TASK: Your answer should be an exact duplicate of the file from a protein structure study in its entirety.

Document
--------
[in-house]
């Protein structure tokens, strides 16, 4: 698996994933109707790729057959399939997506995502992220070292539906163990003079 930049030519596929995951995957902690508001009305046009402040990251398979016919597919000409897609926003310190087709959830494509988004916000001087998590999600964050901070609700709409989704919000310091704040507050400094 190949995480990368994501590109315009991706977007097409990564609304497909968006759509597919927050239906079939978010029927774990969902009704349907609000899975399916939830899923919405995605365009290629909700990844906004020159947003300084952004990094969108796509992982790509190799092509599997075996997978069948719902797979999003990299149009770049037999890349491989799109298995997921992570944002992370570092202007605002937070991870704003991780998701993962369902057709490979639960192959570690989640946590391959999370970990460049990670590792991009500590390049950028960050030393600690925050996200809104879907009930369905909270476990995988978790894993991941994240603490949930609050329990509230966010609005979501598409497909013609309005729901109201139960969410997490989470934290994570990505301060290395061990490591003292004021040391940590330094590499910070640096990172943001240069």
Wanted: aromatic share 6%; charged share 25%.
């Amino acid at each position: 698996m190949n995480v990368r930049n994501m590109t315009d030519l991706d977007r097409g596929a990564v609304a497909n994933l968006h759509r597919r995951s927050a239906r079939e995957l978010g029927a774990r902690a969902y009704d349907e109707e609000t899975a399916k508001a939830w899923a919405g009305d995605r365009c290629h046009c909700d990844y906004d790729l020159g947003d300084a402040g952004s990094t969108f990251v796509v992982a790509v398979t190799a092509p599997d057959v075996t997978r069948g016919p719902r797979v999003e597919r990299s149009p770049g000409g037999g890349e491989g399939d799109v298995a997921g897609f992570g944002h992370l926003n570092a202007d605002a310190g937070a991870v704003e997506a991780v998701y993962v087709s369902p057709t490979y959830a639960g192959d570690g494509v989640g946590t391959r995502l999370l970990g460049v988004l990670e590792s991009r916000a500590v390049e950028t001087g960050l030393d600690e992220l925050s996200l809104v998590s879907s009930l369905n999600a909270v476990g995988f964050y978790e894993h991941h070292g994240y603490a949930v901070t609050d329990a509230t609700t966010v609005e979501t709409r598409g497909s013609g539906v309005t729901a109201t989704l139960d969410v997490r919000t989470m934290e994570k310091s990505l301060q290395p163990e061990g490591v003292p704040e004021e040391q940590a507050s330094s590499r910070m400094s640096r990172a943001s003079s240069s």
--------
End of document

[in-house]
């Protein structure tokens, strides 16, 4: 698996994933109707790729057959399939997506995502992220070292539906163990003079 930049030519596929995951995957902690508001009305046009402040990251398979016919597919000409897609926003310190087709959830494509988004916000001087998590999600964050901070609700709409989704919000310091704040507050400094 190949995480990368994501590109315009991706977007097409990564609304497909968006759509597919927050239906079939978010029927774990969902009704349907609000899975399916939830899923919405995605365009290629909700990844906004020159947003300084952004990094969108796509992982790509190799092509599997075996997978069948719902797979999003990299149009770049037999890349491989799109298995997921992570944002992370570092202007605002937070991870704003991780998701993962369902057709490979639960192959570690989640946590391959999370970990460049990670590792991009500590390049950028960050030393600690925050996200809104879907009930369905909270476990995988978790894993991941994240603490949930609050329990509230966010609005979501598409497909013609309005729901109201139960969410997490989470934290994570990505301060290395061990490591003292004021040391940590330094590499910070640096990172943001240069």
Wanted: aromatic share 6%; charged share 25%.
């Amino acid at each position: 698996m190949n995480v990368r930049n994501m590109t315009d030519l991706d977007r097409g596929a990564v609304a497909n994933l968006h759509r597919r995951s927050a239906r079939e995957l978010g029927a774990r902690a969902y009704d349907e109707e609000t899975a399916k508001a939830w899923a919405g009305d995605r365009c290629h046009c909700d990844y906004d790729l020159g947003d300084a402040g952004s990094t969108f990251v796509v992982a790509v398979t190799a092509p599997d057959v075996t997978r069948g016919p719902r797979v999003e597919r990299s149009p770049g000409g037999g890349e491989g399939d799109v298995a997921g897609f992570g944002h992370l926003n570092a202007d605002a310190g937070a991870v704003e997506a991780v998701y993962v087709s369902p057709t490979y959830a639960g192959d570690g494509v989640g946590t391959r995502l999370l970990g460049v988004l990670e590792s991009r916000a500590v390049e950028t001087g960050l030393d600690e992220l925050s996200l809104v998590s879907s009930l369905n999600a909270v476990g995988f964050y978790e894993h991941h070292g994240y603490a949930v901070t609050d329990a509230t609700t966010v609005e979501t709409r598409g497909s013609g539906v309005t729901a109201t989704l139960d969410v997490r919000t989470m934290e994570k310091s990505l301060q290395p163990e061990g490591v003292p704040e004021e040391q940590a507050s330094s590499r910070m400094s640096r990172a943001s003079s240069s």